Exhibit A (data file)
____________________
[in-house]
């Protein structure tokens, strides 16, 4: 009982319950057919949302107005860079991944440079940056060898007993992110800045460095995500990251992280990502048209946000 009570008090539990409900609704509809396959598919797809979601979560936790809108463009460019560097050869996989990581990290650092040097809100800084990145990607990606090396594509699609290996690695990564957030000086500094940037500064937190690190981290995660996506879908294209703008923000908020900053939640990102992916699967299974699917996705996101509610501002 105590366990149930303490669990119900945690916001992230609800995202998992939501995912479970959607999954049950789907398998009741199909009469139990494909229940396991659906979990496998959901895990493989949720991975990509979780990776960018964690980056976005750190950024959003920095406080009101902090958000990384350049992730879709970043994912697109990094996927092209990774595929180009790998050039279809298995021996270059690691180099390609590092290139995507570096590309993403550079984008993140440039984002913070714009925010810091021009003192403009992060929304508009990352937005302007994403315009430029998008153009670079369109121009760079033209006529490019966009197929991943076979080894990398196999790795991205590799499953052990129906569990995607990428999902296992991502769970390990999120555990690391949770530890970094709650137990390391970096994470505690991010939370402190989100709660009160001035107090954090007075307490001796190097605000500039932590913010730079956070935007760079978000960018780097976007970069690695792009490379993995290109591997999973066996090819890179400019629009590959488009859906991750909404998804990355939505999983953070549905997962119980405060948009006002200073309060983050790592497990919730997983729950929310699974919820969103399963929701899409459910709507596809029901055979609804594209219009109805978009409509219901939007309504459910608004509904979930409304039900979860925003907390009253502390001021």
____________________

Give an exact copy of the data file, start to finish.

[in-house]
């Protein structure tokens, strides 16, 4: 009982319950057919949302107005860079991944440079940056060898007993992110800045460095995500990251992280990502048209946000 009570008090539990409900609704509809396959598919797809979601979560936790809108463009460019560097050869996989990581990290650092040097809100800084990145990607990606090396594509699609290996690695990564957030000086500094940037500064937190690190981290995660996506879908294209703008923000908020900053939640990102992916699967299974699917996705996101509610501002 105590366990149930303490669990119900945690916001992230609800995202998992939501995912479970959607999954049950789907398998009741199909009469139990494909229940396991659906979990496998959901895990493989949720991975990509979780990776960018964690980056976005750190950024959003920095406080009101902090958000990384350049992730879709970043994912697109990094996927092209990774595929180009790998050039279809298995021996270059690691180099390609590092290139995507570096590309993403550079984008993140440039984002913070714009925010810091021009003192403009992060929304508009990352937005302007994403315009430029998008153009670079369109121009760079033209006529490019966009197929991943076979080894990398196999790795991205590799499953052990129906569990995607990428999902296992991502769970390990999120555990690391949770530890970094709650137990390391970096994470505690991010939370402190989100709660009160001035107090954090007075307490001796190097605000500039932590913010730079956070935007760079978000960018780097976007970069690695792009490379993995290109591997999973066996090819890179400019629009590959488009859906991750909404998804990355939505999983953070549905997962119980405060948009006002200073309060983050790592497990919730997983729950929310699974919820969103399963929701899409459910709507596809029901055979609804594209219009109805978009409509219901939007309504459910608004509904979930409304039900979860925003907390009253502390001021």